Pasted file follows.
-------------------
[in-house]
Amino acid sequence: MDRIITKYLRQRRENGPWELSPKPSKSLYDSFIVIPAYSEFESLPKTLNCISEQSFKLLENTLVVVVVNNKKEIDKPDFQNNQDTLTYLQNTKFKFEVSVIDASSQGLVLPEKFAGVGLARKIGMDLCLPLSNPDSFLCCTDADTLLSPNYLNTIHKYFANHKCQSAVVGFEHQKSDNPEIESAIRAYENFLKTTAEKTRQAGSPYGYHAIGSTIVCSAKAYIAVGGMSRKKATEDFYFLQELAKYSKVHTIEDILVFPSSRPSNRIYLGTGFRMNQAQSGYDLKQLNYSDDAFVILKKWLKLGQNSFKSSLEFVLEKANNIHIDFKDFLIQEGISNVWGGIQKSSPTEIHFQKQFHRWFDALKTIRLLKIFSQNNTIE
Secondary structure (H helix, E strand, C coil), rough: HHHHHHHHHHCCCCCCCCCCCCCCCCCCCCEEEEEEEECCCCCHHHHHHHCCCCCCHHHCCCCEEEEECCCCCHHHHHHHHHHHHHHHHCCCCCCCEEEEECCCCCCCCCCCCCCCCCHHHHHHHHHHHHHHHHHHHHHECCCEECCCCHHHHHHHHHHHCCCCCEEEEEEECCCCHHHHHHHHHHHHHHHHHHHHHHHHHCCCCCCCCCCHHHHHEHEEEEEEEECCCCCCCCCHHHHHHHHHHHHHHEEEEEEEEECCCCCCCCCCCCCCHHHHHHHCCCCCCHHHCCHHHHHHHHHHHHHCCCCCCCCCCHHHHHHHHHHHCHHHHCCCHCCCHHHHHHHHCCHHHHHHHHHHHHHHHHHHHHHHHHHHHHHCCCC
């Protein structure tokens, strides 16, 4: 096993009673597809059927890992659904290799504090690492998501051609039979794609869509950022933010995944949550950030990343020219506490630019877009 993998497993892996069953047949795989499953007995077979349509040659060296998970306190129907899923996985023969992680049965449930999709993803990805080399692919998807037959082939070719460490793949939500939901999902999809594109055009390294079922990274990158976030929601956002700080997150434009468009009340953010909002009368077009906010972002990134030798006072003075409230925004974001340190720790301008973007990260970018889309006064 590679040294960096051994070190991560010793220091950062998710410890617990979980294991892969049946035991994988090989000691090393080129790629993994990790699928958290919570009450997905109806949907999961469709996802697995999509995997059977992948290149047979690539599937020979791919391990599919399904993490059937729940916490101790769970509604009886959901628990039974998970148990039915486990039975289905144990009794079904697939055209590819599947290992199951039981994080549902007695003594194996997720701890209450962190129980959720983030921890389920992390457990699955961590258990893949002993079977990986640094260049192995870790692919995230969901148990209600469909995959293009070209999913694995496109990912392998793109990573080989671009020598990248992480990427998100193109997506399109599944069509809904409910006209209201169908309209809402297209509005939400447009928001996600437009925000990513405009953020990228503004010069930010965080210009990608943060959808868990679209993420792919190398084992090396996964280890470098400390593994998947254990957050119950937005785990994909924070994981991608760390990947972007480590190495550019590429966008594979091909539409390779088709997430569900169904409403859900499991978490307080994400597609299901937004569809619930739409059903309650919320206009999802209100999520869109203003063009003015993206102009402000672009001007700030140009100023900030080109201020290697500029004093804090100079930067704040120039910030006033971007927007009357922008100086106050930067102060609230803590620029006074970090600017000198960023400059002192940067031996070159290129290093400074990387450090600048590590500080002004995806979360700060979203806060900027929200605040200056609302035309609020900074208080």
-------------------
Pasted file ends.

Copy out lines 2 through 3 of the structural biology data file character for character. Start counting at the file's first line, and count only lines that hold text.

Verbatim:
Amino acid sequence: MDRIITKYLRQRRENGPWELSPKPSKSLYDSFIVIPAYSEFESLPKTLNCISEQSFKLLENTLVVVVVNNKKEIDKPDFQNNQDTLTYLQNTKFKFEVSVIDASSQGLVLPEKFAGVGLARKIGMDLCLPLSNPDSFLCCTDADTLLSPNYLNTIHKYFANHKCQSAVVGFEHQKSDNPEIESAIRAYENFLKTTAEKTRQAGSPYGYHAIGSTIVCSAKAYIAVGGMSRKKATEDFYFLQELAKYSKVHTIEDILVFPSSRPSNRIYLGTGFRMNQAQSGYDLKQLNYSDDAFVILKKWLKLGQNSFKSSLEFVLEKANNIHIDFKDFLIQEGISNVWGGIQKSSPTEIHFQKQFHRWFDALKTIRLLKIFSQNNTIE
Secondary structure (H helix, E strand, C coil), rough: HHHHHHHHHHCCCCCCCCCCCCCCCCCCCCEEEEEEEECCCCCHHHHHHHCCCCCCHHHCCCCEEEEECCCCCHHHHHHHHHHHHHHHHCCCCCCCEEEEECCCCCCCCCCCCCCCCCHHHHHHHHHHHHHHHHHHHHHECCCEECCCCHHHHHHHHHHHCCCCCEEEEEEECCCCHHHHHHHHHHHHHHHHHHHHHHHHHCCCCCCCCCCHHHHHEHEEEEEEEECCCCCCCCCHHHHHHHHHHHHHHEEEEEEEEECCCCCCCCCCCCCCHHHHHHHCCCCCCHHHCCHHHHHHHHHHHHHCCCCCCCCCCHHHHHHHHHHHCHHHHCCCHCCCHHHHHHHHCCHHHHHHHHHHHHHHHHHHHHHHHHHHHHHCCCC